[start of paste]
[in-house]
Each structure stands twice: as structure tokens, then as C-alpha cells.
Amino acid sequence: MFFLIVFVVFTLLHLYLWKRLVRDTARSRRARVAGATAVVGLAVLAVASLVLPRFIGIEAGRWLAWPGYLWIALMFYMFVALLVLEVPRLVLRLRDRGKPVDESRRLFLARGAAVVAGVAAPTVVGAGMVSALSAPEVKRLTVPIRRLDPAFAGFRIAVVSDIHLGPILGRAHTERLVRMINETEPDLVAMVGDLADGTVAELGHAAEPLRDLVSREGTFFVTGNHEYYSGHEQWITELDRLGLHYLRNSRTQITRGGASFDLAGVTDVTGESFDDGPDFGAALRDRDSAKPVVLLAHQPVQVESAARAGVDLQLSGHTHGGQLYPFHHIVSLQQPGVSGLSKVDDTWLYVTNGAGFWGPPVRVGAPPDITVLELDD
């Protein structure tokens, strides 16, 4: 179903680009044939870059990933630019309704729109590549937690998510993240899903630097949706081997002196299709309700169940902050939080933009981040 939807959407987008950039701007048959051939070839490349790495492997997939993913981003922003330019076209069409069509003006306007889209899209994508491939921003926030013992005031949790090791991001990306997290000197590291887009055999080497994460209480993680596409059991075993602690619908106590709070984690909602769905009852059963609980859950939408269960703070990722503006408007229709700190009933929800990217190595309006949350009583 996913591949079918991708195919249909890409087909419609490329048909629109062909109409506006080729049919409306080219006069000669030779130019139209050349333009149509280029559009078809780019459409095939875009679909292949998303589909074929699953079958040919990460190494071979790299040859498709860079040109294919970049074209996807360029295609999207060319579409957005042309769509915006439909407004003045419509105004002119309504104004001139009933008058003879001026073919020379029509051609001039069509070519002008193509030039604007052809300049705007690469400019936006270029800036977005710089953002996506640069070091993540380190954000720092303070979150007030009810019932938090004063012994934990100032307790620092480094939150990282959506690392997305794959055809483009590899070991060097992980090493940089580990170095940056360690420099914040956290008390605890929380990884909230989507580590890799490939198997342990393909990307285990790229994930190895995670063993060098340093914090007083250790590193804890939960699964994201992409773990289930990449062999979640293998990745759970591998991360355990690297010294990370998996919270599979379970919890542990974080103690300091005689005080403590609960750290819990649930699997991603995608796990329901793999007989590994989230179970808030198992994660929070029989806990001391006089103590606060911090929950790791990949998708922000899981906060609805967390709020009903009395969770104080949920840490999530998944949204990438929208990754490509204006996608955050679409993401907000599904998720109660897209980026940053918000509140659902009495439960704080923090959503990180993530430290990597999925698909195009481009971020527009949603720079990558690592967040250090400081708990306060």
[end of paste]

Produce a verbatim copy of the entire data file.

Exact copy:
[in-house]
Each structure stands twice: as structure tokens, then as C-alpha cells.
Amino acid sequence: MFFLIVFVVFTLLHLYLWKRLVRDTARSRRARVAGATAVVGLAVLAVASLVLPRFIGIEAGRWLAWPGYLWIALMFYMFVALLVLEVPRLVLRLRDRGKPVDESRRLFLARGAAVVAGVAAPTVVGAGMVSALSAPEVKRLTVPIRRLDPAFAGFRIAVVSDIHLGPILGRAHTERLVRMINETEPDLVAMVGDLADGTVAELGHAAEPLRDLVSREGTFFVTGNHEYYSGHEQWITELDRLGLHYLRNSRTQITRGGASFDLAGVTDVTGESFDDGPDFGAALRDRDSAKPVVLLAHQPVQVESAARAGVDLQLSGHTHGGQLYPFHHIVSLQQPGVSGLSKVDDTWLYVTNGAGFWGPPVRVGAPPDITVLELDD
């Protein structure tokens, strides 16, 4: 179903680009044939870059990933630019309704729109590549937690998510993240899903630097949706081997002196299709309700169940902050939080933009981040 939807959407987008950039701007048959051939070839490349790495492997997939993913981003922003330019076209069409069509003006306007889209899209994508491939921003926030013992005031949790090791991001990306997290000197590291887009055999080497994460209480993680596409059991075993602690619908106590709070984690909602769905009852059963609980859950939408269960703070990722503006408007229709700190009933929800990217190595309006949350009583 996913591949079918991708195919249909890409087909419609490329048909629109062909109409506006080729049919409306080219006069000669030779130019139209050349333009149509280029559009078809780019459409095939875009679909292949998303589909074929699953079958040919990460190494071979790299040859498709860079040109294919970049074209996807360029295609999207060319579409957005042309769509915006439909407004003045419509105004002119309504104004001139009933008058003879001026073919020379029509051609001039069509070519002008193509030039604007052809300049705007690469400019936006270029800036977005710089953002996506640069070091993540380190954000720092303070979150007030009810019932938090004063012994934990100032307790620092480094939150990282959506690392997305794959055809483009590899070991060097992980090493940089580990170095940056360690420099914040956290008390605890929380990884909230989507580590890799490939198997342990393909990307285990790229994930190895995670063993060098340093914090007083250790590193804890939960699964994201992409773990289930990449062999979640293998990745759970591998991360355990690297010294990370998996919270599979379970919890542990974080103690300091005689005080403590609960750290819990649930699997991603995608796990329901793999007989590994989230179970808030198992994660929070029989806990001391006089103590606060911090929950790791990949998708922000899981906060609805967390709020009903009395969770104080949920840490999530998944949204990438929208990754490509204006996608955050679409993401907000599904998720109660897209980026940053918000509140659902009495439960704080923090959503990180993530430290990597999925698909195009481009971020527009949603720079990558690592967040250090400081708990306060």